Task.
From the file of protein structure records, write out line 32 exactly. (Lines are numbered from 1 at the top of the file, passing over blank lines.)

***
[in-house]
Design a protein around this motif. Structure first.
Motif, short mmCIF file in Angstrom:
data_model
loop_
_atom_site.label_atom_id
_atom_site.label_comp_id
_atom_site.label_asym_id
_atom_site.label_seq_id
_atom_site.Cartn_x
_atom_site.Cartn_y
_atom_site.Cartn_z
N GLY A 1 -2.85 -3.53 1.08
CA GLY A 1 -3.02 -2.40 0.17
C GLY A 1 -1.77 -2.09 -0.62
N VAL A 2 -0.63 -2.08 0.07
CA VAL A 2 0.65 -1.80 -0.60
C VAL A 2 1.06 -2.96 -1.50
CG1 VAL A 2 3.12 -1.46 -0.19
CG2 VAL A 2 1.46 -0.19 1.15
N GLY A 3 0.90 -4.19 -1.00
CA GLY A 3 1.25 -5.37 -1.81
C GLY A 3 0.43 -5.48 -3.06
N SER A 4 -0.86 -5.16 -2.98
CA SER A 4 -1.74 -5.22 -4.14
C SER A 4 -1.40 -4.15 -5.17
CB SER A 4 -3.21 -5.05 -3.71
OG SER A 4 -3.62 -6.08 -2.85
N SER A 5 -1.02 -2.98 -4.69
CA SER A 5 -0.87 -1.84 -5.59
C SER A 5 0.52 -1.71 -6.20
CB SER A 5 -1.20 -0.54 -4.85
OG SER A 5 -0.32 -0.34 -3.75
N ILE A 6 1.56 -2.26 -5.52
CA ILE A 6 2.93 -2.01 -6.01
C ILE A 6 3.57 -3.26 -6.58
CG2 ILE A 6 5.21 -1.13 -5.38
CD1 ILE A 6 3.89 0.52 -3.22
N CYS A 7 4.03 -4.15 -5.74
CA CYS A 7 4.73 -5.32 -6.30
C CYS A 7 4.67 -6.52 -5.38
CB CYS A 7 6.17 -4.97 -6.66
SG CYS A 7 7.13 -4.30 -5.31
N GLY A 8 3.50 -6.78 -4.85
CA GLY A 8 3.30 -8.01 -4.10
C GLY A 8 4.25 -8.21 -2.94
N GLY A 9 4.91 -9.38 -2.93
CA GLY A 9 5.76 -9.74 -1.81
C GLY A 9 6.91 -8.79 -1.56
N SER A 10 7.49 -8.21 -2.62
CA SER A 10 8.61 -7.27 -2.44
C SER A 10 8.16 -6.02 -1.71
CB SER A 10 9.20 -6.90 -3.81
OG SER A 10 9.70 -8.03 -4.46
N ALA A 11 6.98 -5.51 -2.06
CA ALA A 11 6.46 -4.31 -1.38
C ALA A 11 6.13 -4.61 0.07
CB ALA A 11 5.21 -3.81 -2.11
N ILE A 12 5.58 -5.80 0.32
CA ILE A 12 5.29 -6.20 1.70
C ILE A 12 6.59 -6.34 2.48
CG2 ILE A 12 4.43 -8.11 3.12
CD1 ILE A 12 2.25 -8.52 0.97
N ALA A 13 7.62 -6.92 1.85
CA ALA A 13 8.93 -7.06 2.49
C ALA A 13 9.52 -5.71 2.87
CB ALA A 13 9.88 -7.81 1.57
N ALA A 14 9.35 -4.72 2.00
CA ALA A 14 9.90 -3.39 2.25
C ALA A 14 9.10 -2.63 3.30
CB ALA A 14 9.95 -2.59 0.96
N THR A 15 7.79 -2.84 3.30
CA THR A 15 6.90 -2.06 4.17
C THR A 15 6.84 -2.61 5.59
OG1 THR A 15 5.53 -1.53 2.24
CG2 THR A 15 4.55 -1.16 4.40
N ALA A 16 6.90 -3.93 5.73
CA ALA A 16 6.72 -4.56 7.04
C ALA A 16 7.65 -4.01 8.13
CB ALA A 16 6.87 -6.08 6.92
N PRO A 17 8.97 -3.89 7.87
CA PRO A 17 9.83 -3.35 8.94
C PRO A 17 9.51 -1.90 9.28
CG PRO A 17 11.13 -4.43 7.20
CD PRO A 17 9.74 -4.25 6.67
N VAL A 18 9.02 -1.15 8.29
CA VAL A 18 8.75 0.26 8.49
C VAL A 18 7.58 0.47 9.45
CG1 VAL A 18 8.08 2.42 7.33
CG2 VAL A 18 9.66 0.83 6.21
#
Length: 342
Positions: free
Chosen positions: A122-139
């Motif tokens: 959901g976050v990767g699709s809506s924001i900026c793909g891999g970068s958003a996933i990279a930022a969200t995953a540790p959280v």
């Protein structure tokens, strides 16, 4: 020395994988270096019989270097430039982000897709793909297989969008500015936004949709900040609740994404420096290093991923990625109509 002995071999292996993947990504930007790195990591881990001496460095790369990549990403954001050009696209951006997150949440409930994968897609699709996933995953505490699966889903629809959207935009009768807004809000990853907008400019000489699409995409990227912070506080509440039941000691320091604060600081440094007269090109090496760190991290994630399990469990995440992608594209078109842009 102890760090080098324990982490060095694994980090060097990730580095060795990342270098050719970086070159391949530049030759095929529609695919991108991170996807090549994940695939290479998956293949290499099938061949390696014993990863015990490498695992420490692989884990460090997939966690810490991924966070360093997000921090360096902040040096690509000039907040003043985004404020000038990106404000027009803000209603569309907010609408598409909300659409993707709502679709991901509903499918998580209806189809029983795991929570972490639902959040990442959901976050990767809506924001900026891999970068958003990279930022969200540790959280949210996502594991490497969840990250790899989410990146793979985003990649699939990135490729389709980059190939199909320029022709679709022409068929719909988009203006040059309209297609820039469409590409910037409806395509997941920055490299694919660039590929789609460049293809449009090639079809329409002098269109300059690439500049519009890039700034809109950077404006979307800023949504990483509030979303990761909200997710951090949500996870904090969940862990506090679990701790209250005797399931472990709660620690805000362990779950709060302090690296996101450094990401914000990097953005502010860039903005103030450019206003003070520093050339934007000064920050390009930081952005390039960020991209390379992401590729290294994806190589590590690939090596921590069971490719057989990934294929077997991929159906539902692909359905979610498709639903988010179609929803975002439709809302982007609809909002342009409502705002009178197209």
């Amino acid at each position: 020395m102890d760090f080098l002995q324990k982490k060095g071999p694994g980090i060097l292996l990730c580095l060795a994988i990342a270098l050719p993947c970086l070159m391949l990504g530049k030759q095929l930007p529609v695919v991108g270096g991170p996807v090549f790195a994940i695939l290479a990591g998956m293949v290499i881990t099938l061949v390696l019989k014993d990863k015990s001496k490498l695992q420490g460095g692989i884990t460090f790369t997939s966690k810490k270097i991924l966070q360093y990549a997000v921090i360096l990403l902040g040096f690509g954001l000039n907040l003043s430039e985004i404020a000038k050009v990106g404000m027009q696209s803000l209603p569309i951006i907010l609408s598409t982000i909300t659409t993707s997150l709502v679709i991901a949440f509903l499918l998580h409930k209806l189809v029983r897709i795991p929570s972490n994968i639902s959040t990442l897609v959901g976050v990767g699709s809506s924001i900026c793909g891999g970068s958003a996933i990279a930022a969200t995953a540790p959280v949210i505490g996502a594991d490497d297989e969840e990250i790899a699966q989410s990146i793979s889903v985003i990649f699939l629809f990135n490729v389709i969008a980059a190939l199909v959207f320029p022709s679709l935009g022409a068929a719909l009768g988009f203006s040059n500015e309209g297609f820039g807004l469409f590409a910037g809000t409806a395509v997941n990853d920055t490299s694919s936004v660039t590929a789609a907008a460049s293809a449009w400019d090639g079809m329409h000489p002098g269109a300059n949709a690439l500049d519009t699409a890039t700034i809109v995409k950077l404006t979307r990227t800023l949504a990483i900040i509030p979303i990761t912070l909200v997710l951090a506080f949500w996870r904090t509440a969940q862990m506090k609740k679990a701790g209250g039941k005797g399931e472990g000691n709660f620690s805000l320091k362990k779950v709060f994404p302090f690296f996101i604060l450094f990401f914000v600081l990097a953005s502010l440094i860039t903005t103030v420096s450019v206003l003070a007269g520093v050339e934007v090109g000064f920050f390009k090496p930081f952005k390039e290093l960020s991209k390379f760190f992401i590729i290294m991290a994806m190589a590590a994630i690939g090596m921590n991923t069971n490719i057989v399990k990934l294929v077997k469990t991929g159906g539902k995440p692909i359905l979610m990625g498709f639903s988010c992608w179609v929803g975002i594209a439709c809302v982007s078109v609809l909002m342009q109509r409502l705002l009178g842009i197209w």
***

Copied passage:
CB SER A 5 -1.20 -0.54 -4.85